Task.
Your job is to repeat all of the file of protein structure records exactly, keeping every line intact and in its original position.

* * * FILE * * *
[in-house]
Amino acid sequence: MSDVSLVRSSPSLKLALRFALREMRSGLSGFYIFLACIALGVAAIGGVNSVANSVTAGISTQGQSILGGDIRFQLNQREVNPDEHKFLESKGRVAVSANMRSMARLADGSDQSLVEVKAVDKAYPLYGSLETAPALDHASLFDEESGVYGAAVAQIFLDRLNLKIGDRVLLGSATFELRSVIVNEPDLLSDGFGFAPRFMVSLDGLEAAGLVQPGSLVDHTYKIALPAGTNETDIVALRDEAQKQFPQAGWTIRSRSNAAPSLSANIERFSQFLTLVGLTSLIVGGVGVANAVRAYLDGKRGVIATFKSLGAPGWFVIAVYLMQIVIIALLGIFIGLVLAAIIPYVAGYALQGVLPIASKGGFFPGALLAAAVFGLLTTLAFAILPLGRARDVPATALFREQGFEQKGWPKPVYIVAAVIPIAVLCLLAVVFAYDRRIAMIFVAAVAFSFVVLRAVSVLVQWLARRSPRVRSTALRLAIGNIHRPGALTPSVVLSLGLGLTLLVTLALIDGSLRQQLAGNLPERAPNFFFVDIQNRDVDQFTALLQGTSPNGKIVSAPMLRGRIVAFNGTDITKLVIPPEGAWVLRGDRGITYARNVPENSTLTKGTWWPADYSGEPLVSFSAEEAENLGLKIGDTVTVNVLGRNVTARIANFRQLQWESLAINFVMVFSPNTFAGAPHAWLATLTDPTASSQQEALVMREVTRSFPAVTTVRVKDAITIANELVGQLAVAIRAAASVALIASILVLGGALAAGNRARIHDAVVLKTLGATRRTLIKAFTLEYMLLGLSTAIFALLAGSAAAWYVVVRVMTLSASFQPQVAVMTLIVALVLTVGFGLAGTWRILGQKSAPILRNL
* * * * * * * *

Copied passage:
[in-house]
Amino acid sequence: MSDVSLVRSSPSLKLALRFALREMRSGLSGFYIFLACIALGVAAIGGVNSVANSVTAGISTQGQSILGGDIRFQLNQREVNPDEHKFLESKGRVAVSANMRSMARLADGSDQSLVEVKAVDKAYPLYGSLETAPALDHASLFDEESGVYGAAVAQIFLDRLNLKIGDRVLLGSATFELRSVIVNEPDLLSDGFGFAPRFMVSLDGLEAAGLVQPGSLVDHTYKIALPAGTNETDIVALRDEAQKQFPQAGWTIRSRSNAAPSLSANIERFSQFLTLVGLTSLIVGGVGVANAVRAYLDGKRGVIATFKSLGAPGWFVIAVYLMQIVIIALLGIFIGLVLAAIIPYVAGYALQGVLPIASKGGFFPGALLAAAVFGLLTTLAFAILPLGRARDVPATALFREQGFEQKGWPKPVYIVAAVIPIAVLCLLAVVFAYDRRIAMIFVAAVAFSFVVLRAVSVLVQWLARRSPRVRSTALRLAIGNIHRPGALTPSVVLSLGLGLTLLVTLALIDGSLRQQLAGNLPERAPNFFFVDIQNRDVDQFTALLQGTSPNGKIVSAPMLRGRIVAFNGTDITKLVIPPEGAWVLRGDRGITYARNVPENSTLTKGTWWPADYSGEPLVSFSAEEAENLGLKIGDTVTVNVLGRNVTARIANFRQLQWESLAINFVMVFSPNTFAGAPHAWLATLTDPTASSQQEALVMREVTRSFPAVTTVRVKDAITIANELVGQLAVAIRAAASVALIASILVLGGALAAGNRARIHDAVVLKTLGATRRTLIKAFTLEYMLLGLSTAIFALLAGSAAAWYVVVRVMTLSASFQPQVAVMTLIVALVLTVGFGLAGTWRILGQKSAPILRNL